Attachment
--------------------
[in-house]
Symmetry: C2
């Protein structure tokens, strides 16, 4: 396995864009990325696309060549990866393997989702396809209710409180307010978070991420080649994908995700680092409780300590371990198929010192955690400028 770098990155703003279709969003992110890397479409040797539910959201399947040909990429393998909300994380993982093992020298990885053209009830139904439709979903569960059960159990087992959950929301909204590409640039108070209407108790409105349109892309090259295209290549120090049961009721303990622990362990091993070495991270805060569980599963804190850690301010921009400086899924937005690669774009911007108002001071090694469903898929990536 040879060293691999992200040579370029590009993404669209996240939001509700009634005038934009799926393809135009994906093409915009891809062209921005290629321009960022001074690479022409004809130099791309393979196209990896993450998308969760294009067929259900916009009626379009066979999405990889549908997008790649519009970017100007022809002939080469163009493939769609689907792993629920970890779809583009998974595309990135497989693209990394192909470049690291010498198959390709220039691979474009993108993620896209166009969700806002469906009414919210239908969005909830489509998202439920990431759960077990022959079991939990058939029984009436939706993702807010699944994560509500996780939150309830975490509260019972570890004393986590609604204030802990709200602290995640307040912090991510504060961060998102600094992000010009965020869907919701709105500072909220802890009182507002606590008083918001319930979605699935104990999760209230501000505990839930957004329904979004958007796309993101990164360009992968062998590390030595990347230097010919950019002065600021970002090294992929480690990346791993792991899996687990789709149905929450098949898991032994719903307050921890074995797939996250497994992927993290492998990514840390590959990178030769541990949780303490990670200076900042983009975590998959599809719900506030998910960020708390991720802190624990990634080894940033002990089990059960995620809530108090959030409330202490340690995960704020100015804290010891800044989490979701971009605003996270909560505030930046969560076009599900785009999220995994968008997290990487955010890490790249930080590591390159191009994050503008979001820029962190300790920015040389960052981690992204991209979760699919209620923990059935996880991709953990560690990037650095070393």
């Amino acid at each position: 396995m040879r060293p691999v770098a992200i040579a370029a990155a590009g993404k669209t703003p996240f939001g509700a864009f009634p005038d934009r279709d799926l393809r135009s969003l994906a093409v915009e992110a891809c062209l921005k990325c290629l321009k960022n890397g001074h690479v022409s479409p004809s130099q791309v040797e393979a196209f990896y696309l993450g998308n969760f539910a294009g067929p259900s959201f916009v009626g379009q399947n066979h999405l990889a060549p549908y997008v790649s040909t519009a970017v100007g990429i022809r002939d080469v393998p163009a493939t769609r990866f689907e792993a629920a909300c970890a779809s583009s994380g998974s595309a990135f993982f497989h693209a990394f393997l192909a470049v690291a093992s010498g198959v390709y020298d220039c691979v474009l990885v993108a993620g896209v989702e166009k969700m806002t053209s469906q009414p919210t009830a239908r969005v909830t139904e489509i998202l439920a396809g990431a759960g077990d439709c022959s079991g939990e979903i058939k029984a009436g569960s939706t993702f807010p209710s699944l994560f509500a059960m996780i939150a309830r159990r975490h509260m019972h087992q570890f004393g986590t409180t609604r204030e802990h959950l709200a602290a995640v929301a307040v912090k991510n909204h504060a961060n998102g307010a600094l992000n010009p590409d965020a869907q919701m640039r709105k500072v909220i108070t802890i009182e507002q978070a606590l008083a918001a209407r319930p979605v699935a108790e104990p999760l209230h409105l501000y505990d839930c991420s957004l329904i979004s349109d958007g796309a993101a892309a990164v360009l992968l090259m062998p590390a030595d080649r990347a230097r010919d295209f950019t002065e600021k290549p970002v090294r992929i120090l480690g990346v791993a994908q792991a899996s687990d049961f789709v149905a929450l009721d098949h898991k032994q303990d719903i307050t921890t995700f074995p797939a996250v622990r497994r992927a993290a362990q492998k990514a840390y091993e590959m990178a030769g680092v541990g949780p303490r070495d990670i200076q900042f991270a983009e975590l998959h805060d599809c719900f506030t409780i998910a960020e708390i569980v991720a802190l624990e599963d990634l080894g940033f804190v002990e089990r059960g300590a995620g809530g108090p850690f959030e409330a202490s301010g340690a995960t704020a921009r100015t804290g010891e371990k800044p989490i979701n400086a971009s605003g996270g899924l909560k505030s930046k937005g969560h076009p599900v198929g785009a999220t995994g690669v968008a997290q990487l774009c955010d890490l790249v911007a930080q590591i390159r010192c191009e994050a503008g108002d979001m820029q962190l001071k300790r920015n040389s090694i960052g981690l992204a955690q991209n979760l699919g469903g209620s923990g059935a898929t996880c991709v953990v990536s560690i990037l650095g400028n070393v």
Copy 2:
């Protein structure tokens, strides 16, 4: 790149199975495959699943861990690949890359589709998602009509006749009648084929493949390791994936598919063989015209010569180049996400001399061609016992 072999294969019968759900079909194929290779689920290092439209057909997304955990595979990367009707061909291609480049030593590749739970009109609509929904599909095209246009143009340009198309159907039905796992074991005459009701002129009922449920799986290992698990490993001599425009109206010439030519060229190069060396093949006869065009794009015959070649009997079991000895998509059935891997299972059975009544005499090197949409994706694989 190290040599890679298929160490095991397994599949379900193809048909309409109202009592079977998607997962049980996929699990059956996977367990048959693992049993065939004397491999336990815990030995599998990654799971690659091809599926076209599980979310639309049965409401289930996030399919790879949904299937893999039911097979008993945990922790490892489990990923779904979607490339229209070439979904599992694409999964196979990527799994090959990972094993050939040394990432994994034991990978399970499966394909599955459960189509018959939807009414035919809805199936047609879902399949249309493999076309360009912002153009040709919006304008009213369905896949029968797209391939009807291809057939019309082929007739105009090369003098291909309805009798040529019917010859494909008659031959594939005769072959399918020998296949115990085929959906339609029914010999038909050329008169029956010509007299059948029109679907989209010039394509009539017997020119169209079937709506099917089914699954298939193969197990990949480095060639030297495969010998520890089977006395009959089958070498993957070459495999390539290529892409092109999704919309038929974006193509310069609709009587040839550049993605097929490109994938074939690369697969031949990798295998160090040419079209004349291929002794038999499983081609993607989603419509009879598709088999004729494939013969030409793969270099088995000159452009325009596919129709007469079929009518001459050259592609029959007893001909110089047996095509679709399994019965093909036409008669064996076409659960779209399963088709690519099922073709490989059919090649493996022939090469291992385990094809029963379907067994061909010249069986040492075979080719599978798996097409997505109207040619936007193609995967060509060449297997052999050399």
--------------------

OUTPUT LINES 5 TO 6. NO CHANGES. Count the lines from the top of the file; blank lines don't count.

Copy 2:
């Protein structure tokens, strides 16, 4: 790149199975495959699943861990690949890359589709998602009509006749009648084929493949390791994936598919063989015209010569180049996400001399061609016992 072999294969019968759900079909194929290779689920290092439209057909997304955990595979990367009707061909291609480049030593590749739970009109609509929904599909095209246009143009340009198309159907039905796992074991005459009701002129009922449920799986290992698990490993001599425009109206010439030519060229190069060396093949006869065009794009015959070649009997079991000895998509059935891997299972059975009544005499090197949409994706694989 190290040599890679298929160490095991397994599949379900193809048909309409109202009592079977998607997962049980996929699990059956996977367990048959693992049993065939004397491999336990815990030995599998990654799971690659091809599926076209599980979310639309049965409401289930996030399919790879949904299937893999039911097979008993945990922790490892489990990923779904979607490339229209070439979904599992694409999964196979990527799994090959990972094993050939040394990432994994034991990978399970499966394909599955459960189509018959939807009414035919809805199936047609879902399949249309493999076309360009912002153009040709919006304008009213369905896949029968797209391939009807291809057939019309082929007739105009090369003098291909309805009798040529019917010859494909008659031959594939005769072959399918020998296949115990085929959906339609029914010999038909050329008169029956010509007299059948029109679907989209010039394509009539017997020119169209079937709506099917089914699954298939193969197990990949480095060639030297495969010998520890089977006395009959089958070498993957070459495999390539290529892409092109999704919309038929974006193509310069609709009587040839550049993605097929490109994938074939690369697969031949990798295998160090040419079209004349291929002794038999499983081609993607989603419509009879598709088999004729494939013969030409793969270099088995000159452009325009596919129709007469079929009518001459050259592609029959007893001909110089047996095509679709399994019965093909036409008669064996076409659960779209399963088709690519099922073709490989059919090649493996022939090469291992385990094809029963379907067994061909010249069986040492075979080719599978798996097409997505109207040619936007193609995967060509060449297997052999050399």